Acupuncture Scotland Blog

News and points of interest from Acupuncture Scotland

Autumn 2011

Our own health and energy is influenced by many factors.  For example what we inherit from our parents, where we live, what we eat and our environment. Some things we are more in control of than others, some things we can change and some things we cannot.  Our inherent place in the universe is a given. For now we are here, on this planet getting on with our lives taking the ups and downs that come our way. In Chinese medicine there is a recognition and deep understanding of our interconnectedness with all things in our universe.  We cannot alter the fact that we wax and wane with the seasons as do all sentient beings, but here in the west we are hell bent on pretending that some how we are above it all, the cycle of life.

Take a moment to consider this time of year, coming into autumn.  How are you in Autumn, is it a favorite month or one that leaves you feeling down and a little depressed.  Do you get ill in autumn, coughs, colds, flu, fatigue?  Our health is affected by the change in movement of qi at this time.  In the summer our energy is upward and growing before it reaches a plateau of late summer when we can reap our harvest and enjoy the fruits of our labour.  If you are a vegetable gardener, you will have been picking the veg and digging up your potatoes.  Autumn is the time of return.  All things go back into the earth, the sap ceases to rise and the nights draw in.  This has a profound affect on how we feel.  

In autumn our energy moves in accordance to the season, it becomes more downward and inward in direction. You may find that you need more sleep, are more inclined to stay indoors and are generally more reflective.  It is a very poignant time of year, the colours can be inspirational.  How do you maintain good health at this time?  Don't fight the natural order of things, eat well and rest well, try to get out and enjoy the change in colours of the leaves.  Observe what is happening to the world around you.  It may be windy as the season changes, in Chinese medicine the wind can leave us vulnerable to acute disease or ill health, for example more vulnerable to cold, flu and aches and pains. If you are a sports person pay particular attention to warming up and cooling down before exercise, stretches and breathing techniques will be good.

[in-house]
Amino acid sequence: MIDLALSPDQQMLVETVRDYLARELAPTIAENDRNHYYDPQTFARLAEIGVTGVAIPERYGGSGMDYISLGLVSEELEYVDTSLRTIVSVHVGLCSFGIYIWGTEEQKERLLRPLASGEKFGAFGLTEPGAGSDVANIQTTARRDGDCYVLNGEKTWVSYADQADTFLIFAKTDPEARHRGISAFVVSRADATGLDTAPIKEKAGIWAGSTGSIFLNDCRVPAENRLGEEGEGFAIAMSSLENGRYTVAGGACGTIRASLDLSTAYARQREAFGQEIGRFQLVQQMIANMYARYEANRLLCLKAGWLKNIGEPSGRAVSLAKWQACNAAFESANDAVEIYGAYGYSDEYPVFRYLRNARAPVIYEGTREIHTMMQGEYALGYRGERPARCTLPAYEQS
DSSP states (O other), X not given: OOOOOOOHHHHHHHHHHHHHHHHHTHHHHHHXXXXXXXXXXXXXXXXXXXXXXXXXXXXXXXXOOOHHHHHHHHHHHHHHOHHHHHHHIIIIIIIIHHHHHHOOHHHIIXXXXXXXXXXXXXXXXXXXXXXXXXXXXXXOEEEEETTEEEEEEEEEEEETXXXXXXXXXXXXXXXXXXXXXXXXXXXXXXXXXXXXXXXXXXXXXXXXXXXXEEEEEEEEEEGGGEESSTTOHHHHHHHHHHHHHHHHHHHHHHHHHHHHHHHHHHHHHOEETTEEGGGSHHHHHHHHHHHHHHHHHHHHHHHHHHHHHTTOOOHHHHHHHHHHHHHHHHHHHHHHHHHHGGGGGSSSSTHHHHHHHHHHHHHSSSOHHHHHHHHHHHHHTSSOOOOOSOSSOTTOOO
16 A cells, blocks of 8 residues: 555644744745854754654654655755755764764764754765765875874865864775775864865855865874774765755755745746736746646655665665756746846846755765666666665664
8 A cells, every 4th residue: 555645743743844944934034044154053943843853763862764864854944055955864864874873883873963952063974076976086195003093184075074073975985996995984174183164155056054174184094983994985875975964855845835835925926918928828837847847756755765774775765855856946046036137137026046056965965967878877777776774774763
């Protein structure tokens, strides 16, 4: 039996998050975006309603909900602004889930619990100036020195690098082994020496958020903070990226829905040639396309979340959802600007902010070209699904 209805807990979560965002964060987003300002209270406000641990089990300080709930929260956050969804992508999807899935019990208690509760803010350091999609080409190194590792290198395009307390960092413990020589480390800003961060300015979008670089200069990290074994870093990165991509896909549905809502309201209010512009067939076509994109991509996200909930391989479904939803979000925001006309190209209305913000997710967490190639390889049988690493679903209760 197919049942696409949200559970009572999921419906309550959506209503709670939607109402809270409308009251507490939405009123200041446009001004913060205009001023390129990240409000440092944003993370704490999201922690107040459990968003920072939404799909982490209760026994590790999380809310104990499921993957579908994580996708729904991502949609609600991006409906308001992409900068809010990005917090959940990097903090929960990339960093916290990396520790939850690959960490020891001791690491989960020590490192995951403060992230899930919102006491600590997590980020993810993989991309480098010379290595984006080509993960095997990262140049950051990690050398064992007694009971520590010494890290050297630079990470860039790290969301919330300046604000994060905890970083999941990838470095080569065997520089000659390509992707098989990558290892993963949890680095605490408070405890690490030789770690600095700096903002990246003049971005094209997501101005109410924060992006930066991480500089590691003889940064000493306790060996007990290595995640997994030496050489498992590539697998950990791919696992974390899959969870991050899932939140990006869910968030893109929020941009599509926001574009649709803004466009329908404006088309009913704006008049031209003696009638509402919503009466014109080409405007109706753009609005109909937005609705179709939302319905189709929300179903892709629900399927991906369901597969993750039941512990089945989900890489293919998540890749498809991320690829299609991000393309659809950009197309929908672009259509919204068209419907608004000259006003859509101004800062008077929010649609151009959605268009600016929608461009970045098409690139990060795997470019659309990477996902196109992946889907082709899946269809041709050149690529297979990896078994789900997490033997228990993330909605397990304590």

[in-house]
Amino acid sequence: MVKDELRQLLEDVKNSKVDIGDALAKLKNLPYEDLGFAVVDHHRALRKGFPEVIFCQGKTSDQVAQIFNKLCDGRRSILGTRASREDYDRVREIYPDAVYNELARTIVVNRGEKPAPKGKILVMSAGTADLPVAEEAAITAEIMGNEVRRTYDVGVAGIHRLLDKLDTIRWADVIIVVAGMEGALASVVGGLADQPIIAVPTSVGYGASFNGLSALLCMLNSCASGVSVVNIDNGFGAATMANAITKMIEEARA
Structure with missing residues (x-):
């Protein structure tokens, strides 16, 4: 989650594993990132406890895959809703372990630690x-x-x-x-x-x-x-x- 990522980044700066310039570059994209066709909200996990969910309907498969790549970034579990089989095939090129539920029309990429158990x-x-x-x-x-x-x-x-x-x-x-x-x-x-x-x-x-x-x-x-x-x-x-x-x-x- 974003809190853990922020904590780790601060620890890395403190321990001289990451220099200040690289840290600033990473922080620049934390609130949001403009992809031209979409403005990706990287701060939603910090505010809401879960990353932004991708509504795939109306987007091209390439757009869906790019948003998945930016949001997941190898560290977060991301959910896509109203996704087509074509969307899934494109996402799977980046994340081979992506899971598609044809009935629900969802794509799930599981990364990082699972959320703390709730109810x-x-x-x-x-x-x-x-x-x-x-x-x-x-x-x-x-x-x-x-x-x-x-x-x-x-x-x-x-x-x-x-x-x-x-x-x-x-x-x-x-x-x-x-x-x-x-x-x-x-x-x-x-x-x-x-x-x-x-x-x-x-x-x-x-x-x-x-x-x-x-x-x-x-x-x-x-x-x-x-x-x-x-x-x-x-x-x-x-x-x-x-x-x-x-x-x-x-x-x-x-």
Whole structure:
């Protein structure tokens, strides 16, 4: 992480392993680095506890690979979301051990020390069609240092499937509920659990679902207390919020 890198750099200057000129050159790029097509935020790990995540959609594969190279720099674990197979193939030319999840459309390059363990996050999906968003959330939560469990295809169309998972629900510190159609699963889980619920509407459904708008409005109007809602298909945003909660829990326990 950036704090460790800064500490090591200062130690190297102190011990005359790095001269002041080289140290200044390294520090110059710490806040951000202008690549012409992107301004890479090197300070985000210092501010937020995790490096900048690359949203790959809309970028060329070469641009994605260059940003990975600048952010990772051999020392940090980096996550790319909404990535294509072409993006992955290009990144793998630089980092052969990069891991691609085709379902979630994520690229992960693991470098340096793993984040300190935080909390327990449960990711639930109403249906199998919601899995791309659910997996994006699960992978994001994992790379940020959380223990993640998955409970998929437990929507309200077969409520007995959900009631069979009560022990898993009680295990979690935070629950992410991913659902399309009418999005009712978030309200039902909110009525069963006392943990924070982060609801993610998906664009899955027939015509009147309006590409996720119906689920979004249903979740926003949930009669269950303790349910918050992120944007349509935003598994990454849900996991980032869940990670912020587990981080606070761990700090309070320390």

Autumn is a good time to meditate and reflect.  You could learn to meditate, take up Qigong or Tai Qi.  Join an art class, reading group just simply take your time.  This is not the party season, that time was the summer, so embrace a more reflective you.  Don't try to push your way through the season, slow up a bit and enjoy the smells and the colour changes around you.

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Chronic Pain Research

How acupuncture can help 

Numerous large, well conducted studies in the last 10 years have  shown that it is more effective to have acupuncture than no treatment or usual care for chronic back pain, osteoarthritis, or headache (Sherman 2009). There is also evidence that it is more effective than sham acupuncture for chronic knee pain or headache and, at least in the short term, for chronic back pain (Hopton 2010). Other conditions have been less well researched. 

In general, acupuncture is believed to stimulate the nervous system and cause the release of neurochemical messenger molecules. The resulting biochemical changes influence the body's homeostatic mechanisms, thus promoting physical and emotional well-being. Stimulation of certain acupuncture points has been shown to affect areas of the brain that are known to reduce sensitivity to pain and stress, as well as promoting relaxation and deactivating the ‘analytical’ brain, which is responsible for anxiety (Wu 1999).

Acupuncture may help relieve chronic pain by:stimulating nerves located in muscles and other tissues, which leads to release of endorphins and other neurohumoral factors (e.g. neuropeptide Y, serotonin), and changes the processing of pain in the brain and spinal cord (Pomeranz 1987, Han 2004, Zhao 2008, Zhou 2008, Lee 2009, Cheng 2009);

  • stimulating nerves located in muscles and other tissues, which leads to release of endorphins and other neurohumoral factors (e.g. neuropeptide Y, serotonin), and changes the processing of pain in the brain and spinal cord (Pomeranz 1987, Han 2004, Zhao 2008, Zhou 2008, Lee 2009, Cheng 2009);